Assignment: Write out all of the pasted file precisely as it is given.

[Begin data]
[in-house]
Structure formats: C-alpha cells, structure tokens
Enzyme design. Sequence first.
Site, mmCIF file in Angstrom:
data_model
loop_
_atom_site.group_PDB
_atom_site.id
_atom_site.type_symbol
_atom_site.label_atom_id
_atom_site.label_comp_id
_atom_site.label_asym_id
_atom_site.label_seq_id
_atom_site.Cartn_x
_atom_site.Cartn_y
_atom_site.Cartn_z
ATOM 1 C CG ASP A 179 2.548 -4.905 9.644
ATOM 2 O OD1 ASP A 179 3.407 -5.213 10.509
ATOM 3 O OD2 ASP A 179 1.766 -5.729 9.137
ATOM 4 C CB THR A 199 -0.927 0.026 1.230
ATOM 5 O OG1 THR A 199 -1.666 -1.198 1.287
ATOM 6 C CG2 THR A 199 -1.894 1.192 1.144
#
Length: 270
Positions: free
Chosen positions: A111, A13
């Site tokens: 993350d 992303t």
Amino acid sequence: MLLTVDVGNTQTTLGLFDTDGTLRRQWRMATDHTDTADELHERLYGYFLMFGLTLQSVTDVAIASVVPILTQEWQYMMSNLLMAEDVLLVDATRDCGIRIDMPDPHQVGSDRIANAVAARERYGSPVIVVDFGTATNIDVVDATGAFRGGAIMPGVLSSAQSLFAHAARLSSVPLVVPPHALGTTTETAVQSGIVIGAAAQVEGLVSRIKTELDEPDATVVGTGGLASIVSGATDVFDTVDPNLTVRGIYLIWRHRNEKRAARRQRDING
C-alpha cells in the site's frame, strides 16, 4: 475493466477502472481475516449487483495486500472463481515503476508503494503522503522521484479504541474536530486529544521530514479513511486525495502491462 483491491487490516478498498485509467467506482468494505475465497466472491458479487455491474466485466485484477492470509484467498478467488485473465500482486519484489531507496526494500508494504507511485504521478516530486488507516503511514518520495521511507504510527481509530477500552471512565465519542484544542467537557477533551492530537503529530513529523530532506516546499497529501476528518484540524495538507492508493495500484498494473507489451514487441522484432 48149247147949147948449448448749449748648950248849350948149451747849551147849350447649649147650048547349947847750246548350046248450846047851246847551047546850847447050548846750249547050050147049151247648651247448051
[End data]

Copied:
[in-house]
Structure formats: C-alpha cells, structure tokens
Enzyme design. Sequence first.
Site, mmCIF file in Angstrom:
data_model
loop_
_atom_site.group_PDB
_atom_site.id
_atom_site.type_symbol
_atom_site.label_atom_id
_atom_site.label_comp_id
_atom_site.label_asym_id
_atom_site.label_seq_id
_atom_site.Cartn_x
_atom_site.Cartn_y
_atom_site.Cartn_z
ATOM 1 C CG ASP A 179 2.548 -4.905 9.644
ATOM 2 O OD1 ASP A 179 3.407 -5.213 10.509
ATOM 3 O OD2 ASP A 179 1.766 -5.729 9.137
ATOM 4 C CB THR A 199 -0.927 0.026 1.230
ATOM 5 O OG1 THR A 199 -1.666 -1.198 1.287
ATOM 6 C CG2 THR A 199 -1.894 1.192 1.144
#
Length: 270
Positions: free
Chosen positions: A111, A13
């Site tokens: 993350d 992303t």
Amino acid sequence: MLLTVDVGNTQTTLGLFDTDGTLRRQWRMATDHTDTADELHERLYGYFLMFGLTLQSVTDVAIASVVPILTQEWQYMMSNLLMAEDVLLVDATRDCGIRIDMPDPHQVGSDRIANAVAARERYGSPVIVVDFGTATNIDVVDATGAFRGGAIMPGVLSSAQSLFAHAARLSSVPLVVPPHALGTTTETAVQSGIVIGAAAQVEGLVSRIKTELDEPDATVVGTGGLASIVSGATDVFDTVDPNLTVRGIYLIWRHRNEKRAARRQRDING
C-alpha cells in the site's frame, strides 16, 4: 475493466477502472481475516449487483495486500472463481515503476508503494503522503522521484479504541474536530486529544521530514479513511486525495502491462 483491491487490516478498498485509467467506482468494505475465497466472491458479487455491474466485466485484477492470509484467498478467488485473465500482486519484489531507496526494500508494504507511485504521478516530486488507516503511514518520495521511507504510527481509530477500552471512565465519542484544542467537557477533551492530537503529530513529523530532506516546499497529501476528518484540524495538507492508493495500484498494473507489451514487441522484432 48149247147949147948449448448749449748648950248849350948149451747849551147849350447649649147650048547349947847750246548350046248450846047851246847551047546850847447050548846750249547050050147049151247648651247448051